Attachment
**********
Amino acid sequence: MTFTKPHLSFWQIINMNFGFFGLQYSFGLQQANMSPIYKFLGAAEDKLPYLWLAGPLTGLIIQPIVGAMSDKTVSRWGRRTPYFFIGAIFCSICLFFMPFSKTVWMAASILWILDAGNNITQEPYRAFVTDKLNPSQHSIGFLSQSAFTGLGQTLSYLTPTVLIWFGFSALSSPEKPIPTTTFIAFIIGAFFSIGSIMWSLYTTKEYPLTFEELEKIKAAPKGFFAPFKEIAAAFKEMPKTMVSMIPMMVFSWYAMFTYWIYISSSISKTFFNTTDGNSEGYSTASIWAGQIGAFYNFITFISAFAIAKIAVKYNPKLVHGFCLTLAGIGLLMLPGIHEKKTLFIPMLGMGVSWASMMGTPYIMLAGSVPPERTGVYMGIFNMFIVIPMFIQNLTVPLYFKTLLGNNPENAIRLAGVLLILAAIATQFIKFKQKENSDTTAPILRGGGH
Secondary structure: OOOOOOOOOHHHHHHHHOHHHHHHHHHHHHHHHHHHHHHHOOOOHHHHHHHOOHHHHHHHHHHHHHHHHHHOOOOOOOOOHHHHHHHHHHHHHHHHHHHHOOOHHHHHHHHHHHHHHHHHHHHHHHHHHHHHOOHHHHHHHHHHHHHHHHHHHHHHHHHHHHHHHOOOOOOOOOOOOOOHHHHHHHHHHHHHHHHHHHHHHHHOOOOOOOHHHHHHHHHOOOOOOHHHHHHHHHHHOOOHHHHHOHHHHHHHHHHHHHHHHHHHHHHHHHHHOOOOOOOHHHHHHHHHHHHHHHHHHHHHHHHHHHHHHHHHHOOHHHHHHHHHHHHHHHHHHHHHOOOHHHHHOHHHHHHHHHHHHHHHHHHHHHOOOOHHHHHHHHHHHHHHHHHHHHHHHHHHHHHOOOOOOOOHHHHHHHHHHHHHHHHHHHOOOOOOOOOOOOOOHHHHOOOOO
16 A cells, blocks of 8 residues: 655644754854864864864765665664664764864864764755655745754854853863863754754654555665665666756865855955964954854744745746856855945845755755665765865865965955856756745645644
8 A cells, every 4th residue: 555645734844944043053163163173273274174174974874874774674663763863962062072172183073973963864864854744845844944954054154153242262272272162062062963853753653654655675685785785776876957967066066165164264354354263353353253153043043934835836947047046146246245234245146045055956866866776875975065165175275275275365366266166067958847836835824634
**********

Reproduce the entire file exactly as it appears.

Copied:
Amino acid sequence: MTFTKPHLSFWQIINMNFGFFGLQYSFGLQQANMSPIYKFLGAAEDKLPYLWLAGPLTGLIIQPIVGAMSDKTVSRWGRRTPYFFIGAIFCSICLFFMPFSKTVWMAASILWILDAGNNITQEPYRAFVTDKLNPSQHSIGFLSQSAFTGLGQTLSYLTPTVLIWFGFSALSSPEKPIPTTTFIAFIIGAFFSIGSIMWSLYTTKEYPLTFEELEKIKAAPKGFFAPFKEIAAAFKEMPKTMVSMIPMMVFSWYAMFTYWIYISSSISKTFFNTTDGNSEGYSTASIWAGQIGAFYNFITFISAFAIAKIAVKYNPKLVHGFCLTLAGIGLLMLPGIHEKKTLFIPMLGMGVSWASMMGTPYIMLAGSVPPERTGVYMGIFNMFIVIPMFIQNLTVPLYFKTLLGNNPENAIRLAGVLLILAAIATQFIKFKQKENSDTTAPILRGGGH
Secondary structure: OOOOOOOOOHHHHHHHHOHHHHHHHHHHHHHHHHHHHHHHOOOOHHHHHHHOOHHHHHHHHHHHHHHHHHHOOOOOOOOOHHHHHHHHHHHHHHHHHHHHOOOHHHHHHHHHHHHHHHHHHHHHHHHHHHHHOOHHHHHHHHHHHHHHHHHHHHHHHHHHHHHHHOOOOOOOOOOOOOOHHHHHHHHHHHHHHHHHHHHHHHHOOOOOOOHHHHHHHHHOOOOOOHHHHHHHHHHHOOOHHHHHOHHHHHHHHHHHHHHHHHHHHHHHHHHHOOOOOOOHHHHHHHHHHHHHHHHHHHHHHHHHHHHHHHHHHOOHHHHHHHHHHHHHHHHHHHHHOOOHHHHHOHHHHHHHHHHHHHHHHHHHHHOOOOHHHHHHHHHHHHHHHHHHHHHHHHHHHHHOOOOOOOOHHHHHHHHHHHHHHHHHHHOOOOOOOOOOOOOOHHHHOOOOO
16 A cells, blocks of 8 residues: 655644754854864864864765665664664764864864764755655745754854853863863754754654555665665666756865855955964954854744745746856855945845755755665765865865965955856756745645644
8 A cells, every 4th residue: 555645734844944043053163163173273274174174974874874774674663763863962062072172183073973963864864854744845844944954054154153242262272272162062062963853753653654655675685785785776876957967066066165164264354354263353353253153043043934835836947047046146246245234245146045055956866866776875975065165175275275275365366266166067958847836835824634